Japanese Girl Playing With Rope Walking (3 Years Old)

When it comes to balancing work and other parts of life the world is awash with experts. The ones that insist you need to strive for integration or blend since there’s no such thing as ’work-life balance’. The ones that blog about what works for them confident that it will also work for you. The ones that reduce the whole exercise to (choose a number) of useful tips – often along the lines of “remember to schedule regular me-time”.

I consider myself at the forefront of work-life balance experts – which is why I don’t believe in being so prescriptive.

If you have an initial consultation with me the first thing I will ask you is “how would you know if your life was in balance?” And if we have that same conversation five years later and I ask you the same question, it’s very likely your answer will be very different.

I know that work-life balance is both personal and dynamic; and there’s no “one size fits all”. Consequently both this blog and my coaching simply offer guidelines – based on academic research and practical experience – within which you can find your own route to Balanced Leadership.

So if – like me – you’re become confused by the plethora of often conflicting advice, I want to offer you some very simple guidance:

Trust yourself.

You know best whether it feels right for you to separate or integrate work and other parts of life. And you know that what feels right now may change in the future as your family circumstances and their demands on you change.

You know best how to play your various life roles. Which ones need more focus at present and where to dial down the intensity. You know you’re doing your best as you juggle through each day. Show yourself compassion and don’t let others judge you harshly.

Eminent Psychologist Bruno Bettleheim pioneered the concept of the ‘good enough parent’; while in the workplace the Pareto Principle essentially urges us to do the same.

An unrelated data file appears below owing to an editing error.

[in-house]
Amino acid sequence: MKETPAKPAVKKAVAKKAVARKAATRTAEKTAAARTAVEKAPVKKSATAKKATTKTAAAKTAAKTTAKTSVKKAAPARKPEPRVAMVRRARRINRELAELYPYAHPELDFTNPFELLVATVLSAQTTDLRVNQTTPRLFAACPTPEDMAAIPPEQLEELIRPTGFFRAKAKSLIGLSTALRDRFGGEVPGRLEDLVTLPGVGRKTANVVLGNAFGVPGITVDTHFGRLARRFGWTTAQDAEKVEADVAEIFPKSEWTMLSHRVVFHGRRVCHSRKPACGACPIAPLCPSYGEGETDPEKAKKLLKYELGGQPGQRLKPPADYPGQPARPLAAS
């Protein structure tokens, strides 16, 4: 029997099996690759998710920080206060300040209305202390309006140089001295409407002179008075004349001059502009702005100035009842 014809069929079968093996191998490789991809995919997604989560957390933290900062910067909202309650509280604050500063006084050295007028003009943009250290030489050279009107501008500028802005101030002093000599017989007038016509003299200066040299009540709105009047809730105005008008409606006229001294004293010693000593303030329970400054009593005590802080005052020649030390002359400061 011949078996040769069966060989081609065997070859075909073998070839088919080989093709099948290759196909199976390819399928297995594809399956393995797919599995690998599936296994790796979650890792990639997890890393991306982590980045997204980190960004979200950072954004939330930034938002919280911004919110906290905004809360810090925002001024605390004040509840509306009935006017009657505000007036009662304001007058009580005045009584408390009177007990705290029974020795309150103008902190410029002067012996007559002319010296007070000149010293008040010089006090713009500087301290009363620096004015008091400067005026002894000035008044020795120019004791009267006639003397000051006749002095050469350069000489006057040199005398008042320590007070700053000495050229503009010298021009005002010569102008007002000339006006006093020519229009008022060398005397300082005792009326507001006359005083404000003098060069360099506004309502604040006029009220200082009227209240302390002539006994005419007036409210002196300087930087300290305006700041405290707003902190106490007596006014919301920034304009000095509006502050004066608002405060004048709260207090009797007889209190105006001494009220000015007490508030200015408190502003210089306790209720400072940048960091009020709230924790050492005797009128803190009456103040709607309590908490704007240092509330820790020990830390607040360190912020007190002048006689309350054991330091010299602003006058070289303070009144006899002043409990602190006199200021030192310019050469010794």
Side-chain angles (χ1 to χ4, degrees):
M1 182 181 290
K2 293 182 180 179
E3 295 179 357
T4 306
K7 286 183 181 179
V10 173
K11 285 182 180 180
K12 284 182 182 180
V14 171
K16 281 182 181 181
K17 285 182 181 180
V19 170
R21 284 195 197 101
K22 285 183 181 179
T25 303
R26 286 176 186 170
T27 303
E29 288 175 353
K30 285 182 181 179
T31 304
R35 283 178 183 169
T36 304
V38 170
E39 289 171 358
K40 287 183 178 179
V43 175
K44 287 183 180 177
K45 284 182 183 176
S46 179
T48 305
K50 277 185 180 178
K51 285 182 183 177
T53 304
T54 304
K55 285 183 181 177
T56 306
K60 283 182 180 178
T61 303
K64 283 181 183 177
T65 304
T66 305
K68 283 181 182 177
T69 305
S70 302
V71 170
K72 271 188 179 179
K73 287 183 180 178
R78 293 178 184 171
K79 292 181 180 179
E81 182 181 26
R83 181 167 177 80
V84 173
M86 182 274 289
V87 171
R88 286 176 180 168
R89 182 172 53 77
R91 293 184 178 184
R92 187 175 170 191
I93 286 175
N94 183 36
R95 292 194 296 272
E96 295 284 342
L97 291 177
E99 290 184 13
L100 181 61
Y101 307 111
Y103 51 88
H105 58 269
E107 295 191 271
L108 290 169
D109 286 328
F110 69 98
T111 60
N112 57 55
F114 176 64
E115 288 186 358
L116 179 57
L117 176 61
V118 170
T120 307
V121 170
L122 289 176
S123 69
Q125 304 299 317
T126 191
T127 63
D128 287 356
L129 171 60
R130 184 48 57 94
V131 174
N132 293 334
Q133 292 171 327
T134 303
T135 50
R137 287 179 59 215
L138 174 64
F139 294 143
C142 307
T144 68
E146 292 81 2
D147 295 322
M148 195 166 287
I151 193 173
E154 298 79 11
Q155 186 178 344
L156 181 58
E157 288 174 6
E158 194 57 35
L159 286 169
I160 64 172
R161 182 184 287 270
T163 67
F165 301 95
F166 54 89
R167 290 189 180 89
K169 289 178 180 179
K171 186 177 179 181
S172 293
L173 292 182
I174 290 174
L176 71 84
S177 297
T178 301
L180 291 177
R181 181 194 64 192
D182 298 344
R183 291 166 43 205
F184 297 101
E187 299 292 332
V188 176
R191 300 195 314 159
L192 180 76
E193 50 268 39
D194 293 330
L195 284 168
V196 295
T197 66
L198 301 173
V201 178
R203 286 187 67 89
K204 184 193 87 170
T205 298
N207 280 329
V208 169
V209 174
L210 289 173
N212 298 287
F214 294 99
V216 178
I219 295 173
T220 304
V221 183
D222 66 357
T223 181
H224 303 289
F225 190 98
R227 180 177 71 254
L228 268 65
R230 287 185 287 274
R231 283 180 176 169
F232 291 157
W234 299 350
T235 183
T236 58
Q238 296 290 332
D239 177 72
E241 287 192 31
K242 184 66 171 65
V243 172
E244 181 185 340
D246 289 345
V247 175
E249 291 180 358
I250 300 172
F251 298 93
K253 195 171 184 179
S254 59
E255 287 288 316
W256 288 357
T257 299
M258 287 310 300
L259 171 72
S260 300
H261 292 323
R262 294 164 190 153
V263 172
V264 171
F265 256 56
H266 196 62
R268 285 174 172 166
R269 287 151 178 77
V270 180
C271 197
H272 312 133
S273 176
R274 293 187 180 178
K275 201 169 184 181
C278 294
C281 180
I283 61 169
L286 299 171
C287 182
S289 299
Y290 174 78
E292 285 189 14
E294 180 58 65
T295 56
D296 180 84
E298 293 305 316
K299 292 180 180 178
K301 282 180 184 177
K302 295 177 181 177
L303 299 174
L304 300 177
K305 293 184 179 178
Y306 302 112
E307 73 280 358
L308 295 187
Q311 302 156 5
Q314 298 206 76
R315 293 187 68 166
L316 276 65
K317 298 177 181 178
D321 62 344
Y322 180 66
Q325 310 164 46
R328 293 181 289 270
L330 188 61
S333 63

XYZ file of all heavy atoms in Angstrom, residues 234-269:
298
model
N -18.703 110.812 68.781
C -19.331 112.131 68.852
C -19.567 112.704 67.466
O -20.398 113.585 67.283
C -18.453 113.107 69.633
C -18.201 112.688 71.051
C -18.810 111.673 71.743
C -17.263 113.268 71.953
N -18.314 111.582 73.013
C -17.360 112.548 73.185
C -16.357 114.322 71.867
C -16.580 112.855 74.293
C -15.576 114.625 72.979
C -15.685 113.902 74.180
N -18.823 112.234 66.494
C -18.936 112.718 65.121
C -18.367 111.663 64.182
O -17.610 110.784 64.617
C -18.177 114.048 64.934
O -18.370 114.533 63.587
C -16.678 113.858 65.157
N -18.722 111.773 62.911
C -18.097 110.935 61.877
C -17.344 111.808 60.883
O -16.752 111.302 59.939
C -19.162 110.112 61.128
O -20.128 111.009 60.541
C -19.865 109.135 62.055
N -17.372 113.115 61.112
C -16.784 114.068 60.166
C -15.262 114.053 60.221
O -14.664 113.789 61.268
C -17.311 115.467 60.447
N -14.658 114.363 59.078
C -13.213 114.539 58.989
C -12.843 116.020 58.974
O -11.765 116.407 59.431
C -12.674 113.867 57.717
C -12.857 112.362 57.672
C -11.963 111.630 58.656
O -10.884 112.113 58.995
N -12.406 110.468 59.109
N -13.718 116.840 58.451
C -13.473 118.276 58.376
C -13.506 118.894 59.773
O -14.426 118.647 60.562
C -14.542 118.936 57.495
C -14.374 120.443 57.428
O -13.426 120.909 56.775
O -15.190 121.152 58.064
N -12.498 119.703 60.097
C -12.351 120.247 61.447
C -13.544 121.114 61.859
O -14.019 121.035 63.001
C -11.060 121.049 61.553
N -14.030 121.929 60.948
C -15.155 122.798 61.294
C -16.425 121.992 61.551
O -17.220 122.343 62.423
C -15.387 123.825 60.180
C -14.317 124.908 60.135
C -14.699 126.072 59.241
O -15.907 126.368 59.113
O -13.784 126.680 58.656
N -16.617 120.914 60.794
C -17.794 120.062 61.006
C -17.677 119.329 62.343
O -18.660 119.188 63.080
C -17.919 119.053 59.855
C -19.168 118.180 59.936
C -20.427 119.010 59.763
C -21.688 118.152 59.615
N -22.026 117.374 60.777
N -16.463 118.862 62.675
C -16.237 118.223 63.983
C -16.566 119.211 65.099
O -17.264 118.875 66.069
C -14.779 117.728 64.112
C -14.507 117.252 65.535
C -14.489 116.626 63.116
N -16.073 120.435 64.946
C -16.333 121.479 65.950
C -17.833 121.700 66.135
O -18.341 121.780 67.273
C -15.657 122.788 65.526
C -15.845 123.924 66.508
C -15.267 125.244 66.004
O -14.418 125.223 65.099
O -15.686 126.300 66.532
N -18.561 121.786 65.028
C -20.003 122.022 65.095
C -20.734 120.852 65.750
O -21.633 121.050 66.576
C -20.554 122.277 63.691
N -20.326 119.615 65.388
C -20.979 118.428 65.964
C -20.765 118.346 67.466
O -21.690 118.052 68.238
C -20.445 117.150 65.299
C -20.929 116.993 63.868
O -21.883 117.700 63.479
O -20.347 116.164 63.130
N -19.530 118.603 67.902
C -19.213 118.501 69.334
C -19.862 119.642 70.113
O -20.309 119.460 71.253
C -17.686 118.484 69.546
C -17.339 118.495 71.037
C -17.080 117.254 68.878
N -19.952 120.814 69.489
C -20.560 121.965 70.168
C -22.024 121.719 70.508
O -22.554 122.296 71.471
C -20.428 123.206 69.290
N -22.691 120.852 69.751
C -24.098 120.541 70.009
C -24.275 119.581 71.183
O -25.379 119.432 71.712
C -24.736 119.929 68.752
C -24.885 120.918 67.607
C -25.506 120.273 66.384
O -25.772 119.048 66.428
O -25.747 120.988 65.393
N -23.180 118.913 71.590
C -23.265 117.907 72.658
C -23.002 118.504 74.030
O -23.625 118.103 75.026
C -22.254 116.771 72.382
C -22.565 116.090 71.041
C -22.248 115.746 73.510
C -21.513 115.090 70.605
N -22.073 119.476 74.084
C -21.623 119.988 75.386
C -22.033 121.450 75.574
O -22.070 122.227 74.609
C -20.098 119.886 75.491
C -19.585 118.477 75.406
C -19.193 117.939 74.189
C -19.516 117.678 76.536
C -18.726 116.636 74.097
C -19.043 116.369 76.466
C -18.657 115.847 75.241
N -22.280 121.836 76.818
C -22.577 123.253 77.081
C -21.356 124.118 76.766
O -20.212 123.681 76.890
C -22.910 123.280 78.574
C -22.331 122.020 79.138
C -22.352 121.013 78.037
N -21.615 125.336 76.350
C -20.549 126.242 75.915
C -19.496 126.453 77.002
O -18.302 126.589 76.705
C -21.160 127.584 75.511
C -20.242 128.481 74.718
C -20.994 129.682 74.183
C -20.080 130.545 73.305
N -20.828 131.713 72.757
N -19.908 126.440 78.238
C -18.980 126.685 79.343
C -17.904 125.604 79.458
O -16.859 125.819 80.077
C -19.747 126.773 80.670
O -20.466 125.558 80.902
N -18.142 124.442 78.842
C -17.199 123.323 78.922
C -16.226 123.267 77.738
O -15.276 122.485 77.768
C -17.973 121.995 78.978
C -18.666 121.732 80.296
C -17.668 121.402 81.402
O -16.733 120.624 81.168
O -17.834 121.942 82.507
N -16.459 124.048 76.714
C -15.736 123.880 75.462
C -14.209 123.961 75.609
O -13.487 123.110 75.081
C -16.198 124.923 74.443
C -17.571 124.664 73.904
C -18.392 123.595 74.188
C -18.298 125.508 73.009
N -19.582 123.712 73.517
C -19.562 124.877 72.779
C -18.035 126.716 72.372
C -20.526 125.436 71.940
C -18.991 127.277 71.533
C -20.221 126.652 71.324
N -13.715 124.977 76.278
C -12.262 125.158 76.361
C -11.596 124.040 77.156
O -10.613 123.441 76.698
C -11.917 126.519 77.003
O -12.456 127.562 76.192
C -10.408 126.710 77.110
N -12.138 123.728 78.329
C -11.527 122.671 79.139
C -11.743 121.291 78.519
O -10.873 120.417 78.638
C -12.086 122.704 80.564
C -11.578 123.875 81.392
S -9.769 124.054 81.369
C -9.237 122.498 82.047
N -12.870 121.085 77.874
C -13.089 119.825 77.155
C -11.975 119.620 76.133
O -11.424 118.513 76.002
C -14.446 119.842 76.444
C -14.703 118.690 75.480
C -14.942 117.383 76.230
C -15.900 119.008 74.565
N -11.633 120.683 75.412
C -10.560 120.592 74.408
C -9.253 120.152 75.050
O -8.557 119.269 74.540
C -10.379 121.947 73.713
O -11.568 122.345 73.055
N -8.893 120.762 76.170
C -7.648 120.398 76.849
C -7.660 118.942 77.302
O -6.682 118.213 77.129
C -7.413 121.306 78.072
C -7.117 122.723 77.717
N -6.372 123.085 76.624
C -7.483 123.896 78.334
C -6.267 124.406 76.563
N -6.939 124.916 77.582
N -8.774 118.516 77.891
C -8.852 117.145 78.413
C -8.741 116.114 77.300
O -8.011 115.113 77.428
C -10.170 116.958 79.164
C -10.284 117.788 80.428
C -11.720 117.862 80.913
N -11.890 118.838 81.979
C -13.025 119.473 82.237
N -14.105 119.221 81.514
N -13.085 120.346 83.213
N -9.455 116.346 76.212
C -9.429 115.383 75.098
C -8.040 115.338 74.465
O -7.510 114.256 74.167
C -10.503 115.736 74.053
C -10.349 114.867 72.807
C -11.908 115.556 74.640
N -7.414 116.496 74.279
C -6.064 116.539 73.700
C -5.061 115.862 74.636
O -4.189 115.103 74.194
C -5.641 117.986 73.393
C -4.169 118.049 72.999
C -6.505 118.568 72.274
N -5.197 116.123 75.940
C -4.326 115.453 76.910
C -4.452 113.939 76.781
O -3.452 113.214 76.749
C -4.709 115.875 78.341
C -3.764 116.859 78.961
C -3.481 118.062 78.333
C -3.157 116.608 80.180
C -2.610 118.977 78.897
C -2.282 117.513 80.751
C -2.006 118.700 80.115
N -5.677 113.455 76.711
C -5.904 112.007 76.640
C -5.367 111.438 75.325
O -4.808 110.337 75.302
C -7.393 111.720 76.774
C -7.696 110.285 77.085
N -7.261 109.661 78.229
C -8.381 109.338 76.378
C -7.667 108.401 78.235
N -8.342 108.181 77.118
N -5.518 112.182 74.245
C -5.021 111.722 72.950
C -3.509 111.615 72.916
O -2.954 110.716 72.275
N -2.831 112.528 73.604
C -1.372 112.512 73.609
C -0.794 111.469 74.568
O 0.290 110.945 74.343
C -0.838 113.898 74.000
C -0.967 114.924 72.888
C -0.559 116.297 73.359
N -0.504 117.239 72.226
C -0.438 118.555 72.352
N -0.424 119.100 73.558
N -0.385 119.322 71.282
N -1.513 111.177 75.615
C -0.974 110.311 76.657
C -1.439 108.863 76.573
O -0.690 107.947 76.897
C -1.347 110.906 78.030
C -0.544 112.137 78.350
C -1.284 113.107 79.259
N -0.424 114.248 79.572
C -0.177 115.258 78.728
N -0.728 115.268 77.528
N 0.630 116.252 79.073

So trust yourself to be good enough. Take five minutes of quiet time to connect with your deep inner knowing and identify what you need at this time – recognising that your needs will change as your life circumstances change. Trust that you know what works for you and stick with it. As the saying goes: “done is better than perfect”.

Just Ask

Thinking Women With Question Marks On White Background

I’ve recently joined a number of Facebook groups established to support working mothers in their search for flexible jobs. It breaks my heart every time I read another post from a skilled professional woman who’s about to downshift her career because she’s unable to work her current job around her family commitments.

It doesn’t have to be like this. It’s the twenty first century and technology has progressed far enough to enable us to integrate work and caring responsibilities in better ways. It’s the key reason why I’m writing my book. Employers are missing out on the skills working mothers have spent so long developing; while the women themselves are likely to miss out on thousands of pounds in lost income. If you’re thinking of discarding your corporate career then I want to urge you – before you do:

Just Ask

The traditional wisdom has been that women don’t ask – at least where salary is concerned. Research has recently blown that theory out of the water. It seems women do ask, but do not receive as often than men do. Since women understand that, it’s likely to make them reticent in asking. But if we don’t ask then nothing will change.

Stereotype threat can make us reluctant to ask. We try to fit in. We pretend we can manage our caring responsibilities while we work hours that were established half a century ago for men with stay at home wives. We struggle to juggle and to find balance. The thing is: if we’re to become Balanced Leaders we need to stand out, make waves, pioneer what we want.

So how can we ask in a way that’s more likely to get us the flexible working arrangement we need?

  1. First of all, feel entitled to ask. If you’re a manager then flexible working is not an inconvenient concession on the part of your employer. It’s a smart business strategy to keep you and women like you in the talent pipeline – and to redress the gender balance in the organisation.
  2. Get very clear on your business case for asking. Identify the knowledge and skills your employer will lose if you leave. Not just the ones that can be replaced by recruiting an external candidate, but all the internal learning that means you know ‘how to get things done around here’; and that makes you so efficient at your job.